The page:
• The U.S. Department of Labor, in support of the President’s Skills and Training Data Initiative and Safety Data Initiative, is working to make its job skills and safety information data resources more open, machine-readable, and useful for third parties innovators.
    • The Internal Revenue Service is introducing many new digital services for taxpayers, including making it easier to securely access their own tax account, make mobile payments, check their refund status, or conduct other transactions. The Agency continues to work with its many third party stakeholders to deliver better services in support of tax administration.
    • The U.S. Department of Health and Human Services, along with U.S. Department of Veterans Affairs and U.S. Department of Defense, is partnering with the private sector to expand the Blue Button initiative aimed at empowering consumers with secure access to their own healthcare information—including prescription information, medical claims, and lab data—and is working to support the scaling of the effort across the healthcare and wellness industries.
    • The U.S. Department of Energy is working to accelerate the commercialization of National Laboratory-generated technologies, in part by making information about those technologies easier for the public to find and use.

    For more information and to apply, please visit the Presidential Innovation Fellows program.


    Nick Sinai is U.S. Deputy Chief Technology Officer             

    Ryan Panchadsaram is Senior Advisor to the U.S. Chief Technology Officer   


  • #GeeksGetCovered: A Maker’s Story

    OSTP Geeks Get Covered David Perry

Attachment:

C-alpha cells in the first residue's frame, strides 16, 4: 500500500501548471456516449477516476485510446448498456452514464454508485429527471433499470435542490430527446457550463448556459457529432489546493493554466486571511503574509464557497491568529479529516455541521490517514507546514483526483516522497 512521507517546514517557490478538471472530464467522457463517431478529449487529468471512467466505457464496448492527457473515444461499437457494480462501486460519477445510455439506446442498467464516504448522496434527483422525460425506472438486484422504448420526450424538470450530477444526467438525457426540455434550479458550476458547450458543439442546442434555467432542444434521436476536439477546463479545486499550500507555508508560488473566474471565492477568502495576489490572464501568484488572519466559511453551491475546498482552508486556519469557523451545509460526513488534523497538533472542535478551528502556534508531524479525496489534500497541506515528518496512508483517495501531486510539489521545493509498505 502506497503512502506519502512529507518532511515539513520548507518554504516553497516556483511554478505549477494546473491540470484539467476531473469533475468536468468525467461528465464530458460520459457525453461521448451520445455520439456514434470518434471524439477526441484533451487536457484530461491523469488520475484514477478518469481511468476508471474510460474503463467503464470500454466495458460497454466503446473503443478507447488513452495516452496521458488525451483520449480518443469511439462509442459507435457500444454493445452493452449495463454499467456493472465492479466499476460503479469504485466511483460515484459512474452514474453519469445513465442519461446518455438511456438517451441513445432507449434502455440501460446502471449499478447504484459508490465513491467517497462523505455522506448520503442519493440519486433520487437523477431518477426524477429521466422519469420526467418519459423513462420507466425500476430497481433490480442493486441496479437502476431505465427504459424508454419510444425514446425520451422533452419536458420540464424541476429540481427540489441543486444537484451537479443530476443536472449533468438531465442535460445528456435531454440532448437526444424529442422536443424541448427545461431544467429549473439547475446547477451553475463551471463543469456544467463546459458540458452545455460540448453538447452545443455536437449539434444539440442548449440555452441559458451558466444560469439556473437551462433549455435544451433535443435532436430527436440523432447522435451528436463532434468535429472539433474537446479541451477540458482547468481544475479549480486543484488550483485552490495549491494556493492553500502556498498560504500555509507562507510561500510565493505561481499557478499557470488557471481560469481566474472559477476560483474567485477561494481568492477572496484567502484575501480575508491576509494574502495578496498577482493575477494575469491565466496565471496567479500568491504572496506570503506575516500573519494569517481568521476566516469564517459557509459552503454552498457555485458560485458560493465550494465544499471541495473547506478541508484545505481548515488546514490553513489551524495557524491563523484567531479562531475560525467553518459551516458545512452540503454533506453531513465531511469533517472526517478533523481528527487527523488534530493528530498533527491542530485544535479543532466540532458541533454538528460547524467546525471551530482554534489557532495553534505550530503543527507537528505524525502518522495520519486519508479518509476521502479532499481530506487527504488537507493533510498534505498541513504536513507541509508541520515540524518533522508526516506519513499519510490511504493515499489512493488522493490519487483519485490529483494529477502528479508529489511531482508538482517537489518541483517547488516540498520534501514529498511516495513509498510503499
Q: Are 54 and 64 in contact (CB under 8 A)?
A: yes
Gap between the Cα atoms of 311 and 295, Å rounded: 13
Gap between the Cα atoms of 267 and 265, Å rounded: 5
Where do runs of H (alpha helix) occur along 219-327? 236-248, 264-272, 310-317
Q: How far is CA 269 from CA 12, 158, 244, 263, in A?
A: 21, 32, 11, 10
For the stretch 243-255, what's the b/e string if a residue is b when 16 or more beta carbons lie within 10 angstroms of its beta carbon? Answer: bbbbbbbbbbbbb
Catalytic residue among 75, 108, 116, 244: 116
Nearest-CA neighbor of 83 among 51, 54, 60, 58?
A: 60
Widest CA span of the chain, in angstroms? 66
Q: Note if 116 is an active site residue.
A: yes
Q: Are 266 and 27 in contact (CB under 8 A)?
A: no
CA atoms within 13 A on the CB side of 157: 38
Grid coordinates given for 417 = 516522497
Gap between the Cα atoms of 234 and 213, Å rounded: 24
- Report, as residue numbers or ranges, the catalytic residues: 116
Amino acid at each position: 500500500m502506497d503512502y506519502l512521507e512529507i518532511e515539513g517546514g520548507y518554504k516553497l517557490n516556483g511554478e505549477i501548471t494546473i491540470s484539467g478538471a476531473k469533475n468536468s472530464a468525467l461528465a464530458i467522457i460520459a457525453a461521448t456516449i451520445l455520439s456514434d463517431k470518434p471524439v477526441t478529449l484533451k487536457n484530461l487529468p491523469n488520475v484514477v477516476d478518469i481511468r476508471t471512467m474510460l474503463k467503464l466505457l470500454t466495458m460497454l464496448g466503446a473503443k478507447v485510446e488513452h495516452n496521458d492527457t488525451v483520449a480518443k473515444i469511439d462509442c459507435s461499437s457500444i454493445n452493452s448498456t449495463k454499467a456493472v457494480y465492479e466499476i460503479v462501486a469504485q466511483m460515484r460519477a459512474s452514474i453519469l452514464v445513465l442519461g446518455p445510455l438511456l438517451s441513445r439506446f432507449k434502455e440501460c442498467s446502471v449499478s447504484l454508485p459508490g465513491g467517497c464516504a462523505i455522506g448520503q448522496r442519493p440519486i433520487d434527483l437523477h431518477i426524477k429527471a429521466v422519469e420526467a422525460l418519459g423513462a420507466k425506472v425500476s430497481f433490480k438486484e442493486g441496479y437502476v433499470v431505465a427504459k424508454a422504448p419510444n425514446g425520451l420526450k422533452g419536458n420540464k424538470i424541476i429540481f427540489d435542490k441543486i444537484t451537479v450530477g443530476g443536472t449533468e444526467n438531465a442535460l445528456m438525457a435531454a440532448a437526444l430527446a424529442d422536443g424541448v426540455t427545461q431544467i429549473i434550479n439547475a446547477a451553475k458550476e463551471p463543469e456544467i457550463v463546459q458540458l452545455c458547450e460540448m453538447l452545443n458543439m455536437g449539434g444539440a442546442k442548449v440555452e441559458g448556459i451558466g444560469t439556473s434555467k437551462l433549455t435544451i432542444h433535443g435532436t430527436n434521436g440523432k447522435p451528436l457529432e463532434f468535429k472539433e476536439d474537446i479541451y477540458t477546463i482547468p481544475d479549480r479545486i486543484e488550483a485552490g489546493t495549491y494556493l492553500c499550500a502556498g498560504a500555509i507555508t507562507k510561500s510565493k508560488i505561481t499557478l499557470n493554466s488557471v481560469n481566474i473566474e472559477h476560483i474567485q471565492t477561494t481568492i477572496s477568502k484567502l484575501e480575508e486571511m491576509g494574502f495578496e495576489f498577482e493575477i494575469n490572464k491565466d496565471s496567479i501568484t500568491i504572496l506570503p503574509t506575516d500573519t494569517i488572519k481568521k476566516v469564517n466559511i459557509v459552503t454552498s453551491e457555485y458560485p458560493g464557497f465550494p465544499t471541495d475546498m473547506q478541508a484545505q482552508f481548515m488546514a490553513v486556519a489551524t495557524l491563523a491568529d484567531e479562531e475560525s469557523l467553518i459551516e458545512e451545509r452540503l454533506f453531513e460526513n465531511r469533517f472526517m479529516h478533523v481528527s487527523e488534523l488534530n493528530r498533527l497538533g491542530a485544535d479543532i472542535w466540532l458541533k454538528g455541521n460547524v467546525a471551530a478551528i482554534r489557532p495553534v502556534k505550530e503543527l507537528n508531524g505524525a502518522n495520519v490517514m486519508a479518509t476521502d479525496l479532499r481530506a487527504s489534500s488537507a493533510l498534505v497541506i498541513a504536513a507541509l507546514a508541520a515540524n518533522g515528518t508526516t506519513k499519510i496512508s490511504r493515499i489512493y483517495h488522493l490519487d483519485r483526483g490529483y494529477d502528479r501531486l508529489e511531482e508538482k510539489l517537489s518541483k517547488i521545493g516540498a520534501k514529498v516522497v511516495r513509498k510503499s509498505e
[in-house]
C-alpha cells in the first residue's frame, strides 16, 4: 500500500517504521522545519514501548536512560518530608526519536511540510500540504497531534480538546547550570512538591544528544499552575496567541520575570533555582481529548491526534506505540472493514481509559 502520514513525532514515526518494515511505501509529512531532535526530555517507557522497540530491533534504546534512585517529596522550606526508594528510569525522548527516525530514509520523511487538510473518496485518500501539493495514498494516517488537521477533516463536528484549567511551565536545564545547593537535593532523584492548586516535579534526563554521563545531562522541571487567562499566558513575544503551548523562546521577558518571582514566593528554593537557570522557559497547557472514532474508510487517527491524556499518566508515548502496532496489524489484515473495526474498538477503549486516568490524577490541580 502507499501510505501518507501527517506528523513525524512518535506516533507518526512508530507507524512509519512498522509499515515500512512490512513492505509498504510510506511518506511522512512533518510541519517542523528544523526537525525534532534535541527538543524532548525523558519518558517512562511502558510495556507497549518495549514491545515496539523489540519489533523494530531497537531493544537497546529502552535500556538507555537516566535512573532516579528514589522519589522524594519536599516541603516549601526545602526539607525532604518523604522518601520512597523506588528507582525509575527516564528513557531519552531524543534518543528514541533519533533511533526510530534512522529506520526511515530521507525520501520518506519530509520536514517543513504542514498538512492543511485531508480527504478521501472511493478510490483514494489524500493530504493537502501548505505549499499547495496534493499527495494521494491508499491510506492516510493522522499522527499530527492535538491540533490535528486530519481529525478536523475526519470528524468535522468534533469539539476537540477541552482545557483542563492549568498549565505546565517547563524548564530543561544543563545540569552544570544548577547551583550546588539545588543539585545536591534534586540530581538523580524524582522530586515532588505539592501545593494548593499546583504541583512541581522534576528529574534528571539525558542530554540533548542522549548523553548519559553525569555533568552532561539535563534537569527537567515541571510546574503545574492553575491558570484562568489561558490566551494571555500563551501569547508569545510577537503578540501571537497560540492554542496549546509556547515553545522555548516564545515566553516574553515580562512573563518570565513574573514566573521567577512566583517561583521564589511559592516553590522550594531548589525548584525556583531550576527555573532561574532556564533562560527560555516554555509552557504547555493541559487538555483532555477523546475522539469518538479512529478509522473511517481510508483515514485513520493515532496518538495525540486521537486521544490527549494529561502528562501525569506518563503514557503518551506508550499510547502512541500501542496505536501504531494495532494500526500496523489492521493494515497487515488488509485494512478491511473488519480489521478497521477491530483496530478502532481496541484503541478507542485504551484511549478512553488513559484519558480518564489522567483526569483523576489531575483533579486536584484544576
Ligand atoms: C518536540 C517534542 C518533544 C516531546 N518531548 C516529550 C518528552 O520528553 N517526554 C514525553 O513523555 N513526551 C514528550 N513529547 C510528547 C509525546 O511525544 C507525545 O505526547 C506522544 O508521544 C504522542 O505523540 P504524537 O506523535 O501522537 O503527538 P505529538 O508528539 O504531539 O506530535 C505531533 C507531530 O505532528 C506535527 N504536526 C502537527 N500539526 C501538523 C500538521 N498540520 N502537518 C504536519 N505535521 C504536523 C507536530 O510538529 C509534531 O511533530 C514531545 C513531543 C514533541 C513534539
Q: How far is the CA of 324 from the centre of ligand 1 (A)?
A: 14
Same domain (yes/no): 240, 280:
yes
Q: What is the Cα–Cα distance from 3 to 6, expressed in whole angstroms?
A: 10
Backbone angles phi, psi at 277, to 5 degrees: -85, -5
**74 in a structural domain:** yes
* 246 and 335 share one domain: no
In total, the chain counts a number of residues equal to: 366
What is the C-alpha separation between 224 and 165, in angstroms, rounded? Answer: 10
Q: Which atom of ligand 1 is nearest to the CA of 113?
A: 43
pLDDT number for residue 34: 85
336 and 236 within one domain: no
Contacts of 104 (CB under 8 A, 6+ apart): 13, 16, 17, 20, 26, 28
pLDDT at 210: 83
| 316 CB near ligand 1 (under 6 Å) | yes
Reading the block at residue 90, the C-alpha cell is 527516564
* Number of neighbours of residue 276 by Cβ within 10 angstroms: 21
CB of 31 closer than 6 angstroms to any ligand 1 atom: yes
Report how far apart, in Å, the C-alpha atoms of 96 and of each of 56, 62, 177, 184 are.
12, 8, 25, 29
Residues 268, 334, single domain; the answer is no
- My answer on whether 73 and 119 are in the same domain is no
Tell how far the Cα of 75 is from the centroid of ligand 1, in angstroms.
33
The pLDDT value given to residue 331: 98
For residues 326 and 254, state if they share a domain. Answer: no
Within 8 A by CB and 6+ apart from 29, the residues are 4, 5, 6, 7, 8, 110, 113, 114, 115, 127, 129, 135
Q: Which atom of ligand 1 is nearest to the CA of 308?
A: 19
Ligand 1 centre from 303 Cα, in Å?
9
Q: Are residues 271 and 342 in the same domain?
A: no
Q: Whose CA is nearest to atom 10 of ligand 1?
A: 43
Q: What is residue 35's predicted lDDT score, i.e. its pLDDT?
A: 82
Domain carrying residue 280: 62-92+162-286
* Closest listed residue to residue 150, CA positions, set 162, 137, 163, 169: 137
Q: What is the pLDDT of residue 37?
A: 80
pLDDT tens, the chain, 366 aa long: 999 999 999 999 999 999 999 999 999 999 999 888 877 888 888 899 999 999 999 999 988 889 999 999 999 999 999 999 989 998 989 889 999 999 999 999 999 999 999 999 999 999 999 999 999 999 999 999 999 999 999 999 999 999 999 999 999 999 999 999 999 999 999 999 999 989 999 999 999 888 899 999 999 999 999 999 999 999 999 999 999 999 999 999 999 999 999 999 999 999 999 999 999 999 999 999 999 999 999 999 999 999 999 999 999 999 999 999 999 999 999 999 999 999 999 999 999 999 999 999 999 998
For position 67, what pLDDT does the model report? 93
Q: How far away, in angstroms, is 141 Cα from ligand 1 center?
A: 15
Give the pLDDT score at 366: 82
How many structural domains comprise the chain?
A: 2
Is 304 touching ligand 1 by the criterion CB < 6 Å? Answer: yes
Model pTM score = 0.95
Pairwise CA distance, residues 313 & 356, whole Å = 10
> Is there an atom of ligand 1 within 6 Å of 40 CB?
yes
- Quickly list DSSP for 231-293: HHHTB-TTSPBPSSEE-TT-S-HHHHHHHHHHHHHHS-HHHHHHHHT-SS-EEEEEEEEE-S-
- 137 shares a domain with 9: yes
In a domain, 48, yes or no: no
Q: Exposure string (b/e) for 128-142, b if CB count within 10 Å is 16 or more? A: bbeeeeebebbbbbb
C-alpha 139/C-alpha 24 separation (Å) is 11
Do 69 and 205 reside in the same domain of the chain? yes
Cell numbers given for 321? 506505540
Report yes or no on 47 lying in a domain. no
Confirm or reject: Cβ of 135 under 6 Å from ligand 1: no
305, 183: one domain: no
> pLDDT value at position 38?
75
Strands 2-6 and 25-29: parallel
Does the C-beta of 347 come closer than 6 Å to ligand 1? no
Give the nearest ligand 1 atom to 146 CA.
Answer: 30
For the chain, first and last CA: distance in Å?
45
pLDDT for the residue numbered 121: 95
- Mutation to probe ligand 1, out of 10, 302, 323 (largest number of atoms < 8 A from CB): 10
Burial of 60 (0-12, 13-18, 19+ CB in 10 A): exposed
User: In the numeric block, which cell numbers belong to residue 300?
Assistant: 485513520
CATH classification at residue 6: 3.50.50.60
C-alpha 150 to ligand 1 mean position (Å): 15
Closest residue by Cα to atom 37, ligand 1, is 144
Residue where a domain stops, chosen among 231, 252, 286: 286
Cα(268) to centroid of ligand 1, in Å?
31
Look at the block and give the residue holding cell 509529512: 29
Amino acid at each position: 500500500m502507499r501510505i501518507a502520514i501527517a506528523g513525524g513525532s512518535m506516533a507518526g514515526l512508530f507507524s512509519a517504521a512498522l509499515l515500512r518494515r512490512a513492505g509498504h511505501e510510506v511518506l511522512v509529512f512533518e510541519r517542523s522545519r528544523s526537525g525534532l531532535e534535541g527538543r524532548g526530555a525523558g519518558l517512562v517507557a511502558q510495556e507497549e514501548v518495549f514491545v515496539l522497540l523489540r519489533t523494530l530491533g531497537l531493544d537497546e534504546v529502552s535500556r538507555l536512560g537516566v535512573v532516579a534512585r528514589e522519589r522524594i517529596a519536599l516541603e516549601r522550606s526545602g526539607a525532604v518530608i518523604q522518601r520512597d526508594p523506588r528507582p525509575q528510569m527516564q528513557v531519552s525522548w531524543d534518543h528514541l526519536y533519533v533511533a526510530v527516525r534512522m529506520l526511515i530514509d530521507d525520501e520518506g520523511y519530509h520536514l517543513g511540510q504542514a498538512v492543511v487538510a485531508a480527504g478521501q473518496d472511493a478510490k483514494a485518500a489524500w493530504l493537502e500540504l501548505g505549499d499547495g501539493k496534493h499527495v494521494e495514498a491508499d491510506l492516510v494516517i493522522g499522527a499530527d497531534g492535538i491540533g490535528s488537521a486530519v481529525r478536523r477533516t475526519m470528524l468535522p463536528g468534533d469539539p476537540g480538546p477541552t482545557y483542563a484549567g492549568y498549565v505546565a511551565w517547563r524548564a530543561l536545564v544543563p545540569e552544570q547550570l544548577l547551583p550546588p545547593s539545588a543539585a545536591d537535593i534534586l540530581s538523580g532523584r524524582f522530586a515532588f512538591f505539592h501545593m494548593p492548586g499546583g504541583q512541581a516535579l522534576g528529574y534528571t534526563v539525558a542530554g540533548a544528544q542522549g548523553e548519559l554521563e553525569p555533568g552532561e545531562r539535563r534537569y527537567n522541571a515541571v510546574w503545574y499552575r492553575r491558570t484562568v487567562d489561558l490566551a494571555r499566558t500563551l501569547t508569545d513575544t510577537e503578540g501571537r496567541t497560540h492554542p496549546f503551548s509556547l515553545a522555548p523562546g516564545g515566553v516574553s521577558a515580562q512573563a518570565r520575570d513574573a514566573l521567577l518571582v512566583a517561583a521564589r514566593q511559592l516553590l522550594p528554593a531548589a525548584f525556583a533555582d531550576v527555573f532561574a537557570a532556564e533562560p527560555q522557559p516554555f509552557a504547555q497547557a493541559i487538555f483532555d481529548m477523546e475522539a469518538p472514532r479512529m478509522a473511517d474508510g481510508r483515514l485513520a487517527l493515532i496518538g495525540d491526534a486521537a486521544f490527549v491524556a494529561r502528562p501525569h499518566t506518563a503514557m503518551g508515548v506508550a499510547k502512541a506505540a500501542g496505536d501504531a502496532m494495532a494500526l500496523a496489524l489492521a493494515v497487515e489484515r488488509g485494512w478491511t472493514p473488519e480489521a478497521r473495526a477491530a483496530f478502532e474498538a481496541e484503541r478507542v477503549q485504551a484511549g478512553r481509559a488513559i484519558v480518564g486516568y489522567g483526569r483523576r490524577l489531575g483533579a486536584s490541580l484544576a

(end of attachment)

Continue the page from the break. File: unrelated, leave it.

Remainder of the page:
Oregon-based engineer David Perry playing an open-source 3D printable electronic violin.

    President Obama has said that 3D printing has “the potential to revolutionize the way we make almost everything.” David Perry, an Oregon-based mechanical engineer, couldn’t agree more.  As a self-described “maker”, David is working to develop useful applications for inexpensive 3D printing. One project of his is an open-source “F-F-Fiddle,” a fully 3D printable electronic violin. 
    When the Affordable Care Act became law, David knew that it would be even easier for him to pursue his dream. He knew the health insurance marketplaces would be open, and he could access quality and affordable health care without being tied to an employer. So, starting April 1st, David will have more time to develop great ideas and help encourage everyone to “make”.  David recently enrolled through the Marketplaces, and with the security of affordable, quality health coverage, he has decided to begin working full-time for the startup he founded, OpenFab PDX, which focuses on low-cost digital design and manufacturing tools. 
    As part of the White House Office of Science and Technology Policy’s #GeeksGetCovered, effort we’ll be sharing stories about what access to affordable, quality healthcare means to geeks across America. 
    I recently caught up with David, founder of OpenFabPDX, who shared his story with us on Twitter through @WhiteHouseOSTP’s recently launched #GeeksGetCovered effort:

  • Agencies Abuzz During Sunshine Week

    Sunshine Week launched about a decade ago as a way for journalists to draw attention to the importance of transparency in government. Over the years, open government advocates and government professionals have joined the effort to promote transparency, strengthen our democracy, and promote efficiency and effectiveness in Government.

    As part of Sunshine Week, Federal agencies have been highlighting their open government efforts in a variety of ways.  These include engaging the public and other stakeholders in discussions around open government, hosting trainings for government workers on the importance of implementing the Freedom of Information Act (FOIA), and proactively disclosing additional government records in the public interest.

    While we work year-round on open government efforts, this week we are excited to highlight achievements and progress made on open government goals.  Examples from this week include:

    • The State Department created a dedicated website to provide the public access to deliberations on the Keystone XL proposed pipeline project, hosting links to information about the status of the project, the Supplemental Environmental Impact Statement, and other project documents.